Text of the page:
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Leading AFS cybersecurity: Gus Hunt Q&A

Former CTO for the CIA Gus Hunt continues to help protect our nation’s most valuable data.

Overview

Tell us about your role as the cybersecurity lead at Accenture Federal Services.

I’m honored to lead a talented and forward-thinking team in our mission to reimagine cybersecurity for the 21st century. I see my position with Accenture Federal Services as an opportunity to take what I have learned and done throughout my career to enhance the cybersecurity posture of our clients. Because cyber breaches will happen—it’s when, not if—we must deliver capabilities that minimize the potential loss that could occur through both malicious and unintentional acts, and enable resilience and operational continuity. All of us on the Accenture Federal Services cybersecurity team believe what we are doing will enable us to make a real difference in our clients’ cybersecurity journey, and ultimately impact the security of the world around us. That’s an exciting proposition, and one that I am personally passionate about.

"The hardest challenge in the government sector—or private—is trying to keep pace with threat velocity. It is truly a case of “it’s never done, never over."

GUS HUNT
Federal Cybersecurity Practice Lead

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Bringing cloud technology to the intelligence community

You mentioned your prior experiences in the cyber realm. Most notable among these is your role as the CTO for the Central Intelligence Agency, which you held for four years. What were some highlights of your experience there?

When I began at the Agency in 2009, it was at a time when major shifts driven by the social internet, mobility and the cloud were just beginning, and the term “big data” hadn’t entered into the common lexicon. The recession of 2008 had taken its toll on the technology sector and investment was hard to come by. What happened in the latter half of 2009 was an astounding explosion of technological innovation and change, driven by the cloud. Technology leadership had moved to the consumer sector and the velocity of innovation and change was at a pace that traditional “government” approaches could not keep up with. It became clear we needed to find a way to securely use private sector innovation to the intelligence community’s advantage.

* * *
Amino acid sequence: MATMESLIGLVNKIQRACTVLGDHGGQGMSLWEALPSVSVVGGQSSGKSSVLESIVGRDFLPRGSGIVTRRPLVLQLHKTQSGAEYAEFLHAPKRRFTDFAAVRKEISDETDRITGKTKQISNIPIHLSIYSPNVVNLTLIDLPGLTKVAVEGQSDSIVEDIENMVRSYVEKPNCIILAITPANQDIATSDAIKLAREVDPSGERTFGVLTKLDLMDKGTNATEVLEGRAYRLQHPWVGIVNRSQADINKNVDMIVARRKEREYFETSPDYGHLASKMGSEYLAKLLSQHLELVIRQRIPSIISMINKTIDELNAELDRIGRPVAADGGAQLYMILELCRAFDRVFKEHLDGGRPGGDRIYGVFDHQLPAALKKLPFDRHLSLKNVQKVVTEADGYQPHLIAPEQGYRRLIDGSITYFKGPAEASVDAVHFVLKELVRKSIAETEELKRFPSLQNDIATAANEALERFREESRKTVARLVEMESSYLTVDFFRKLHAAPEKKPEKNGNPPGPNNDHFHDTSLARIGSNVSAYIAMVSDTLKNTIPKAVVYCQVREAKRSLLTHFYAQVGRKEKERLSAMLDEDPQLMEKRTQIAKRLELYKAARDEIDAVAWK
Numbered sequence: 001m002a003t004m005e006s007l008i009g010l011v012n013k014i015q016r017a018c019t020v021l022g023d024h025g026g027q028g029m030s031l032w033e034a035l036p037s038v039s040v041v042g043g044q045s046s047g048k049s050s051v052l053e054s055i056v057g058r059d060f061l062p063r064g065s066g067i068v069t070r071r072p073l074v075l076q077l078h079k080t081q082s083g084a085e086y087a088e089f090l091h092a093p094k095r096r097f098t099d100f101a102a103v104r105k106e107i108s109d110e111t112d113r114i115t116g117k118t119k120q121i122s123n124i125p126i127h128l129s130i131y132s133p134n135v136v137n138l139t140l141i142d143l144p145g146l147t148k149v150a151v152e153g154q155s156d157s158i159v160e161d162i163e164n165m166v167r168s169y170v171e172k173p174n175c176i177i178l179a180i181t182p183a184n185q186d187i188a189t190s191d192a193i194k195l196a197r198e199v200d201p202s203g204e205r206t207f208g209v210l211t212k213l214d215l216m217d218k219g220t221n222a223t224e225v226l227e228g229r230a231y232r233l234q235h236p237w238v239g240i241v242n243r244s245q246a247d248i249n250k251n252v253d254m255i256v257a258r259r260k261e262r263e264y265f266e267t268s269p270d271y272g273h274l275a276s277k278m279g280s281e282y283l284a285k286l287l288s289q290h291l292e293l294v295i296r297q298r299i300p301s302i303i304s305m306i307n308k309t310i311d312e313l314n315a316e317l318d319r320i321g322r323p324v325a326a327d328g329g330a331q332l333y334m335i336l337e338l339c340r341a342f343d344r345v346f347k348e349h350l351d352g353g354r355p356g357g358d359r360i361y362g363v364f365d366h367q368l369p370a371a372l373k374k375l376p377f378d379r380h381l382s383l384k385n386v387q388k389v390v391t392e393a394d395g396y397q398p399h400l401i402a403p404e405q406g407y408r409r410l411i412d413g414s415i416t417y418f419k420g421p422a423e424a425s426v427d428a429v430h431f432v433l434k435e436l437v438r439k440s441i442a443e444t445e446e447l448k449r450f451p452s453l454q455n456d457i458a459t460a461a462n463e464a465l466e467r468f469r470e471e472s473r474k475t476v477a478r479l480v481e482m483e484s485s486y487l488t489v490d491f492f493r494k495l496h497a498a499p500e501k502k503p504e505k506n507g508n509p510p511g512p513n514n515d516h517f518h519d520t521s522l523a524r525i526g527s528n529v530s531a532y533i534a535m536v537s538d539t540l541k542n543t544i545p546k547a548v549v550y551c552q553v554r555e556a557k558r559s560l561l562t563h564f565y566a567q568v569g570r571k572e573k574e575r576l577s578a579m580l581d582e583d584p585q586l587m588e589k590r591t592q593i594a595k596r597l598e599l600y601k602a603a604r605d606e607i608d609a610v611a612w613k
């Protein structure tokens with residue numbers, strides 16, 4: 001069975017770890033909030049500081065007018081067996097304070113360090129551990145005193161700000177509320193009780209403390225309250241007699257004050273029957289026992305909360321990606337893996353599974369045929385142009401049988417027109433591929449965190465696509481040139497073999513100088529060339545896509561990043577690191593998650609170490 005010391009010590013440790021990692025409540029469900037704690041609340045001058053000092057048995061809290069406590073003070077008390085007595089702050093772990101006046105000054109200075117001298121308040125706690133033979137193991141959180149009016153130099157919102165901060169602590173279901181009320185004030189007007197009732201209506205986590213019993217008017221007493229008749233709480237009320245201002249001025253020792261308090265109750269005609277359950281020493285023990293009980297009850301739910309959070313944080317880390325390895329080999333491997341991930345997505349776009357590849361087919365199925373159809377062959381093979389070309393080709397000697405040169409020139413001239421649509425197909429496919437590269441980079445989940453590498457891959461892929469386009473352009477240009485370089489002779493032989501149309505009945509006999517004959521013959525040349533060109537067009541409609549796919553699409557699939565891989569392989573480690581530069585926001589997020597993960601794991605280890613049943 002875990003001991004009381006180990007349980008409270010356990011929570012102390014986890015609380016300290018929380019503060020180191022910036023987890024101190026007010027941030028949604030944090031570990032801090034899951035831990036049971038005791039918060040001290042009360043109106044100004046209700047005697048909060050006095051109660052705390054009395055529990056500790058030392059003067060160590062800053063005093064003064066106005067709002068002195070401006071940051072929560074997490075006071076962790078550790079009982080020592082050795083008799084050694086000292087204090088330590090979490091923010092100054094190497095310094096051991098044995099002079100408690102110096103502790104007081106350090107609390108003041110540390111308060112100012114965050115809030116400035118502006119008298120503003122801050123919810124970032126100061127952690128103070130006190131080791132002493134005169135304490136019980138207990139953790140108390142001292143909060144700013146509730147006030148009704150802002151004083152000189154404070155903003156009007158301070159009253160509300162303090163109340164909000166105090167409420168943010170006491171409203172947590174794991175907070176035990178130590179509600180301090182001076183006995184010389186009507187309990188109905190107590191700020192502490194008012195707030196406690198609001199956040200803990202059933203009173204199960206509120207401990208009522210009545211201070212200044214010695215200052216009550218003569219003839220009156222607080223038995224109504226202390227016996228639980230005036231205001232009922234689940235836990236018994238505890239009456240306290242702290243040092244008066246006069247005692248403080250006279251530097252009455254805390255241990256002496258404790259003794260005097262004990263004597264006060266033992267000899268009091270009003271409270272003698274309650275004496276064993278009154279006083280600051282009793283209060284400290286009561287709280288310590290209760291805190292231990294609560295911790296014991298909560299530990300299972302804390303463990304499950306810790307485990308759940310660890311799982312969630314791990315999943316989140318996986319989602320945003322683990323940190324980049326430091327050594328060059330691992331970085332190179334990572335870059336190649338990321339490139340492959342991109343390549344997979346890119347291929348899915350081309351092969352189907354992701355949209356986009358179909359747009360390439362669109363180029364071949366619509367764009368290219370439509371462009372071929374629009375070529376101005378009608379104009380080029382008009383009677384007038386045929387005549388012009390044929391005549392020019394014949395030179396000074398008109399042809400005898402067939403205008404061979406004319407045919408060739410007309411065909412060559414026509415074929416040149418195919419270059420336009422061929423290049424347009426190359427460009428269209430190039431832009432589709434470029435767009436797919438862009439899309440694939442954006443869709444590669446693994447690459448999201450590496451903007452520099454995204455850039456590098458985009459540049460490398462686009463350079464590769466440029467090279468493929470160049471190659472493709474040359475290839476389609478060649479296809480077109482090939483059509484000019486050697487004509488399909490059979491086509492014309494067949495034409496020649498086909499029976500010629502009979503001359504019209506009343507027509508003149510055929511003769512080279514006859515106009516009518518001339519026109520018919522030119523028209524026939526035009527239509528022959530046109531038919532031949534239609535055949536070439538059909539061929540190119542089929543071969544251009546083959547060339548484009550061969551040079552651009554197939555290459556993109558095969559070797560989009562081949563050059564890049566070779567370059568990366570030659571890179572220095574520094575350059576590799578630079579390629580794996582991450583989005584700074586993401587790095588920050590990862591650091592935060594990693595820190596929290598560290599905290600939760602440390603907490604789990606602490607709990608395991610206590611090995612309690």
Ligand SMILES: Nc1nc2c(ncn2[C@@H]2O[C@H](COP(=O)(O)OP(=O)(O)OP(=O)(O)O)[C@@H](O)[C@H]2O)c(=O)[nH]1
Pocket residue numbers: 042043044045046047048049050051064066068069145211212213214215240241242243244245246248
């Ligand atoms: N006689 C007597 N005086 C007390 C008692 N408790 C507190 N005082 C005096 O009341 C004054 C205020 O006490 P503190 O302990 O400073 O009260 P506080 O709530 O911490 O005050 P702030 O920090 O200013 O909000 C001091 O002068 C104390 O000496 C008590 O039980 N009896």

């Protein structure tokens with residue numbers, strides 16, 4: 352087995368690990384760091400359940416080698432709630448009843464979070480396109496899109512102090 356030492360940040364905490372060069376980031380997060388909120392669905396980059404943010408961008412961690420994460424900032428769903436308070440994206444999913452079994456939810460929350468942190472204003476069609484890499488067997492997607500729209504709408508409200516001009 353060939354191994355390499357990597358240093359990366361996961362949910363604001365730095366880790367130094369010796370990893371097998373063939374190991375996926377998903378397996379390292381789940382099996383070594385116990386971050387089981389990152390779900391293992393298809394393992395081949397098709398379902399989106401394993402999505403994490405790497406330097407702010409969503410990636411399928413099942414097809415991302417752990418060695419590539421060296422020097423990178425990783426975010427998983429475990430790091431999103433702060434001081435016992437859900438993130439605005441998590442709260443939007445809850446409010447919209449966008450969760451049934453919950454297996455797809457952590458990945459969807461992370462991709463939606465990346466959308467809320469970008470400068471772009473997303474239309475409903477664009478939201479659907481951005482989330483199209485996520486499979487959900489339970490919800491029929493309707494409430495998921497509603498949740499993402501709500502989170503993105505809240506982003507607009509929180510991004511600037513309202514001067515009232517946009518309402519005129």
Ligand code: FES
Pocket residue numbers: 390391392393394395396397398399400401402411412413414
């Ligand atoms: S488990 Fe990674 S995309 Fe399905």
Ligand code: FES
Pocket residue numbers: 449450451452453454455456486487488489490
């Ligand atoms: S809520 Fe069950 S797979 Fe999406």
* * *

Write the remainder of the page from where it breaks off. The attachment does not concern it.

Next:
In terms of outcomes, what I am most known for is leading the decision to bring commercial cloud technology to the Agency and intelligence community. While it may seem to be an obvious decision today, at the time it was a long and difficult process involving many talented people across the spectrum—technology, operations, contracting, legal and finance. We needed to truly understand the benefits of going commercial versus building our own, and in the end, the key decision drivers were the velocity of innovation and high level of security we could harness by embracing commercial cloud.


Addressing cybersecurity challenges

What do you believe are the top cybersecurity challenges facing agencies today?